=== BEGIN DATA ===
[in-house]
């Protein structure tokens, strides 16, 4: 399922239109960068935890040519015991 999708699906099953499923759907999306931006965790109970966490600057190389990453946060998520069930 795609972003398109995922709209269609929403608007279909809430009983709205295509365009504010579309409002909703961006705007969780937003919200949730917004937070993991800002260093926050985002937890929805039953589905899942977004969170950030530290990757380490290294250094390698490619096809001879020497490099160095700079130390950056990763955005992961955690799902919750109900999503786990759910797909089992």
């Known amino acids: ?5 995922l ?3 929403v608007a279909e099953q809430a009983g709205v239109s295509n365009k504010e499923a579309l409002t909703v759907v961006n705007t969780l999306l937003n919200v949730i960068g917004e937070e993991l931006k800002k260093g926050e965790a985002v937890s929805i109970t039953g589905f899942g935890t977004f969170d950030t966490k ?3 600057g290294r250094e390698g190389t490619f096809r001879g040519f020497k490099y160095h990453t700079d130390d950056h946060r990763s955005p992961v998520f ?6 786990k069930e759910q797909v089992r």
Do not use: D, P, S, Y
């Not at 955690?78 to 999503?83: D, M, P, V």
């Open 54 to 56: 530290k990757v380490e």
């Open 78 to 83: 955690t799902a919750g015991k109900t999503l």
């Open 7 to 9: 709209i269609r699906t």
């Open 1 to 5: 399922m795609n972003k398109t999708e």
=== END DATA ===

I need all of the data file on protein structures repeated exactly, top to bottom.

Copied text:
[in-house]
């Protein structure tokens, strides 16, 4: 399922239109960068935890040519015991 999708699906099953499923759907999306931006965790109970966490600057190389990453946060998520069930 795609972003398109995922709209269609929403608007279909809430009983709205295509365009504010579309409002909703961006705007969780937003919200949730917004937070993991800002260093926050985002937890929805039953589905899942977004969170950030530290990757380490290294250094390698490619096809001879020497490099160095700079130390950056990763955005992961955690799902919750109900999503786990759910797909089992």
């Known amino acids: ?5 995922l ?3 929403v608007a279909e099953q809430a009983g709205v239109s295509n365009k504010e499923a579309l409002t909703v759907v961006n705007t969780l999306l937003n919200v949730i960068g917004e937070e993991l931006k800002k260093g926050e965790a985002v937890s929805i109970t039953g589905f899942g935890t977004f969170d950030t966490k ?3 600057g290294r250094e390698g190389t490619f096809r001879g040519f020497k490099y160095h990453t700079d130390d950056h946060r990763s955005p992961v998520f ?6 786990k069930e759910q797909v089992r």
Do not use: D, P, S, Y
């Not at 955690?78 to 999503?83: D, M, P, V």
């Open 54 to 56: 530290k990757v380490e």
């Open 78 to 83: 955690t799902a919750g015991k109900t999503l």
């Open 7 to 9: 709209i269609r699906t």
């Open 1 to 5: 399922m795609n972003k398109t999708e």